I’m not sure if this is the case with British pensioners, having not fully explored the subject, but I can say the Turkish retirees we met recently certainly have no intentions of passing their days baking and knitting. Unless it’s for a profit.
During our holiday in the village of Sıacık, some 50km from the city of Izmir, we eat pancakes from a stall staffed by octogenarians, bought bread baked by grandmothers and I nearly parted with cash for a pair of knitted slippers because the lady selling them looked like my Aunt Bernie.
There’s this entrepreneurial zeal among the elderly that I greatly admired. And so it is with our new friend Adnan, a former weightlifting champion and deep-sea diver among many other adventures, who at 72 has decided to renovate a near delelict house in the mountains to potentially rent out as a holiday home.
We met Adnan while staying with his friends Umit and Alison in their beautiful B&B, which overlooks a tangerine orchard that sadly was not in season. This was our first trip to Turkey and Adnan extended his invitation to a BBQ at his mountain Grand Design project so we could see more of the area.
With Alison, Umit and their son Alex, we headed to the house where we found Adnan chasing goats off his roof. Apparently sometimes he chases them into his freezer! Also, if you ever wondered why the chicken crossed the road, it’s so she didn’t end up on one of Adnan’s BBQs.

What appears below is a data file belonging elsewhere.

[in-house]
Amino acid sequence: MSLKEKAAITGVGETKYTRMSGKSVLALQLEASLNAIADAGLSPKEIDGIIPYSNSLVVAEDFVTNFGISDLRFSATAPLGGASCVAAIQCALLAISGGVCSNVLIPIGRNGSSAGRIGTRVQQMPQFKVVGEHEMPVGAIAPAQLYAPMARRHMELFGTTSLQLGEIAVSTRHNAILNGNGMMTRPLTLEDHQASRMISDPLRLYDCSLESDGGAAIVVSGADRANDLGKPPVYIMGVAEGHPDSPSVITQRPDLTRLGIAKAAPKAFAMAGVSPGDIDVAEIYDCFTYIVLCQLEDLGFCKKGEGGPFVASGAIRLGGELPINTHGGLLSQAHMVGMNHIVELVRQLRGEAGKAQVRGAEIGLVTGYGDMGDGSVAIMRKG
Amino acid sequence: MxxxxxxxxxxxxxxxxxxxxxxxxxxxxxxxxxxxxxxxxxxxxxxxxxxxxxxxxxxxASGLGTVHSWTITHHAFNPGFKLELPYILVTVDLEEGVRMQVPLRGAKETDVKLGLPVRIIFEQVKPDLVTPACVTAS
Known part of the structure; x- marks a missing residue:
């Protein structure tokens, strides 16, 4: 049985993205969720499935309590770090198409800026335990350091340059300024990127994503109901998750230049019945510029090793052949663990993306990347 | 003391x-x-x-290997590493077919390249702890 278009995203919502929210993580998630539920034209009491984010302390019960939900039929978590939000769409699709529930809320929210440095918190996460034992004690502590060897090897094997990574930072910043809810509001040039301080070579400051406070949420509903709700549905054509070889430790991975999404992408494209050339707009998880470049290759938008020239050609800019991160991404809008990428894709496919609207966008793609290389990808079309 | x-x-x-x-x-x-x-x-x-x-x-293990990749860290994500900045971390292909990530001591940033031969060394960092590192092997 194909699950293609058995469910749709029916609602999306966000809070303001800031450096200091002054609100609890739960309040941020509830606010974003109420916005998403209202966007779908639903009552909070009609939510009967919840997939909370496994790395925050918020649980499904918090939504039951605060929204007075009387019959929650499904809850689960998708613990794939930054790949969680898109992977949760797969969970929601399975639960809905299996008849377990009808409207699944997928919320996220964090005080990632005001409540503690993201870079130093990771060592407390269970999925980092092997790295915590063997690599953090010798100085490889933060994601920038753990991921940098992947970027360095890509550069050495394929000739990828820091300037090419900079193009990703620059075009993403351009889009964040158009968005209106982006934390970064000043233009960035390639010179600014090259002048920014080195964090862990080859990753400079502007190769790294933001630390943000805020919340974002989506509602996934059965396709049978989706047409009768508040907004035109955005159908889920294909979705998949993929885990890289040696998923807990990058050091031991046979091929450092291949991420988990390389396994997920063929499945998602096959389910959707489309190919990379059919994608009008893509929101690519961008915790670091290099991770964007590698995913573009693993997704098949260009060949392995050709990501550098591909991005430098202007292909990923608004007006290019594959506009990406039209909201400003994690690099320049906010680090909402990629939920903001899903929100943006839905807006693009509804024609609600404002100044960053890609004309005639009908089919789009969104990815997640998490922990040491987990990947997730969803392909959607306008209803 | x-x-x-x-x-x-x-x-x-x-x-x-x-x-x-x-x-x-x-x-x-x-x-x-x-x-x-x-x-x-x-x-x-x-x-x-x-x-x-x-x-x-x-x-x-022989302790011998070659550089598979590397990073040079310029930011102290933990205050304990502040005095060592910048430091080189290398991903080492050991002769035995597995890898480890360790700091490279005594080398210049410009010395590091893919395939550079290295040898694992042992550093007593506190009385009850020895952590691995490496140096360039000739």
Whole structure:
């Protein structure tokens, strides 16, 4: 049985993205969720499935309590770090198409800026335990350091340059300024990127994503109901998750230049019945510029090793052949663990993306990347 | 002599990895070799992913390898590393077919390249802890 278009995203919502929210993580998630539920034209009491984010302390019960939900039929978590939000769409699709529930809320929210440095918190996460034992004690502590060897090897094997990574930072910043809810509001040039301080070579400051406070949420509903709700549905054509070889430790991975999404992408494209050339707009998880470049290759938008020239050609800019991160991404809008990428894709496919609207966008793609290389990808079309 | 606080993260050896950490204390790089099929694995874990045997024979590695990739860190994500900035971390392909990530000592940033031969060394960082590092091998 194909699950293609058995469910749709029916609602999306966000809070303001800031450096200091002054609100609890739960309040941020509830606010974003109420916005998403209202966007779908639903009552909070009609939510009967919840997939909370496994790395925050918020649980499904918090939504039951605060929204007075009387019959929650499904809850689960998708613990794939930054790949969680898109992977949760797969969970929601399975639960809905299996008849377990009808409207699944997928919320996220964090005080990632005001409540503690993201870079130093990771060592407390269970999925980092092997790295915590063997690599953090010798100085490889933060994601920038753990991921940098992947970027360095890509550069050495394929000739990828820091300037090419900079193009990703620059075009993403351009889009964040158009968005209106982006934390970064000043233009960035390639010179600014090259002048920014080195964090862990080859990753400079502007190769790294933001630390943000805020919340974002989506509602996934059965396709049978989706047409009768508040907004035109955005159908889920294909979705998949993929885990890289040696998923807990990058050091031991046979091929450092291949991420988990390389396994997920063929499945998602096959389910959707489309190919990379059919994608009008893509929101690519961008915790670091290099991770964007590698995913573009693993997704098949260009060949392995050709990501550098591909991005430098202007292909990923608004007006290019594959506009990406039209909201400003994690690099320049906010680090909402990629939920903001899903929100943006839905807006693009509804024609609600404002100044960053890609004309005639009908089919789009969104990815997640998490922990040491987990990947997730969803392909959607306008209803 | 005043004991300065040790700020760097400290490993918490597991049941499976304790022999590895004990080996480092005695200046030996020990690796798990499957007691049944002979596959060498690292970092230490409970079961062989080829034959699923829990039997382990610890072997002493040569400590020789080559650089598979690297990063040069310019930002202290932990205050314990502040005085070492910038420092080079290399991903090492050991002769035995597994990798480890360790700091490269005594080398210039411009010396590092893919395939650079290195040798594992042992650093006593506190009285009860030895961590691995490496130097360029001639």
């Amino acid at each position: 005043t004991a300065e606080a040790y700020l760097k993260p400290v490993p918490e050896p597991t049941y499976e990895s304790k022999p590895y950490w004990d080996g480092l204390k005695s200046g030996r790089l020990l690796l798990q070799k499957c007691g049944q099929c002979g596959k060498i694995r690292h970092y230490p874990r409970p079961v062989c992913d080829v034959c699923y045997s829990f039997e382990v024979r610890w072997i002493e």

This wonderfully friendly man speaks better English than many a South London teenager thanks to his years as a teacher in the Turkish Air Force and he was so charming that he almost had me convinced that I should buy the abandoned Sheppard’s hut near him so we could be neighbours.
With the British summer approaching I’m expecting a fair number of BBQ invites but not one will compete with the evening we spent with Adnen. If not because of the fantastic company and stunning view from which we ate our coal-cooked chicken, but also the discovery of new dishes.
Alison had prepared a cold buckwheat rice salad. I’ve never tasted tasted buckwheat rice, which the Turkish have as a sort of alternative to pasta, but it is now on the shopping list. Alongside this was a mezze of the herb purslane mixed with plain yogurt. Again, I had not heard of let alone tasted purslane, which is classed as a weed, and found it to be delicious with a slight peppery taste.
Herbs are an essential part of the current trend in Turkish cooking, known as Folk Cuisine. It’s the revival of traditional and regional dishes being led by Turkish born but British trained chef Vedat Basaran. The cuisine only uses seasonal ingredients, nothing is imported. However, I have not yet found anywhere that sells seeds for purslane so I may have to ask Alison to import a jiffy bag of the greens so I can grow my own in time for the next BBQ invite.